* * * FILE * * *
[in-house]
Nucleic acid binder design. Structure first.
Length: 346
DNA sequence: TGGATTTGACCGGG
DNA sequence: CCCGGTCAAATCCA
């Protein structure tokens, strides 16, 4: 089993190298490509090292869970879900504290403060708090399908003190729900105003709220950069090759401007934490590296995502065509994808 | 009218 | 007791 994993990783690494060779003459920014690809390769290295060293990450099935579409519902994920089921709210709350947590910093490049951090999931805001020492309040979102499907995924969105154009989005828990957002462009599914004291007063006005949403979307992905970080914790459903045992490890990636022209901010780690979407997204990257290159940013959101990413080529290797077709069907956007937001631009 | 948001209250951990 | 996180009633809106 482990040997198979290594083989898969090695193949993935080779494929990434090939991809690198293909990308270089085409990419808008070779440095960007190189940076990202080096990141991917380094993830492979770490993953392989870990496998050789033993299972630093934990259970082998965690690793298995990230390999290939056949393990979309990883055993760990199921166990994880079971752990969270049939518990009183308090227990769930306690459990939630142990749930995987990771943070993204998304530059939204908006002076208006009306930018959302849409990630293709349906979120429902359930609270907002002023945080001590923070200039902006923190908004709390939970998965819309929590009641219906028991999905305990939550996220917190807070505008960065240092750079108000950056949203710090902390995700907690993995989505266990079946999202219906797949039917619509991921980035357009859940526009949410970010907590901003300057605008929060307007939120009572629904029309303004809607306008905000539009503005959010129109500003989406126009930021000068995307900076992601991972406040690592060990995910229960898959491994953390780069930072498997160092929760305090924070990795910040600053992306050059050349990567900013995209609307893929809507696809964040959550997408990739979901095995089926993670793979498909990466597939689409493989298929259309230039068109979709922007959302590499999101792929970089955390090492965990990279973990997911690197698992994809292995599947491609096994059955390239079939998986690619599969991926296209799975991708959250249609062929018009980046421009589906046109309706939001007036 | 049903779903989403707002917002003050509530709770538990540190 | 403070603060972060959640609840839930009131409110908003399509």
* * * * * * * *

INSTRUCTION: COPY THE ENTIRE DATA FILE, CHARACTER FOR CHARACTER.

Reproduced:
[in-house]
Nucleic acid binder design. Structure first.
Length: 346
DNA sequence: TGGATTTGACCGGG
DNA sequence: CCCGGTCAAATCCA
């Protein structure tokens, strides 16, 4: 089993190298490509090292869970879900504290403060708090399908003190729900105003709220950069090759401007934490590296995502065509994808 | 009218 | 007791 994993990783690494060779003459920014690809390769290295060293990450099935579409519902994920089921709210709350947590910093490049951090999931805001020492309040979102499907995924969105154009989005828990957002462009599914004291007063006005949403979307992905970080914790459903045992490890990636022209901010780690979407997204990257290159940013959101990413080529290797077709069907956007937001631009 | 948001209250951990 | 996180009633809106 482990040997198979290594083989898969090695193949993935080779494929990434090939991809690198293909990308270089085409990419808008070779440095960007190189940076990202080096990141991917380094993830492979770490993953392989870990496998050789033993299972630093934990259970082998965690690793298995990230390999290939056949393990979309990883055993760990199921166990994880079971752990969270049939518990009183308090227990769930306690459990939630142990749930995987990771943070993204998304530059939204908006002076208006009306930018959302849409990630293709349906979120429902359930609270907002002023945080001590923070200039902006923190908004709390939970998965819309929590009641219906028991999905305990939550996220917190807070505008960065240092750079108000950056949203710090902390995700907690993995989505266990079946999202219906797949039917619509991921980035357009859940526009949410970010907590901003300057605008929060307007939120009572629904029309303004809607306008905000539009503005959010129109500003989406126009930021000068995307900076992601991972406040690592060990995910229960898959491994953390780069930072498997160092929760305090924070990795910040600053992306050059050349990567900013995209609307893929809507696809964040959550997408990739979901095995089926993670793979498909990466597939689409493989298929259309230039068109979709922007959302590499999101792929970089955390090492965990990279973990997911690197698992994809292995599947491609096994059955390239079939998986690619599969991926296209799975991708959250249609062929018009980046421009589906046109309706939001007036 | 049903779903989403707002917002003050509530709770538990540190 | 403070603060972060959640609840839930009131409110908003399509």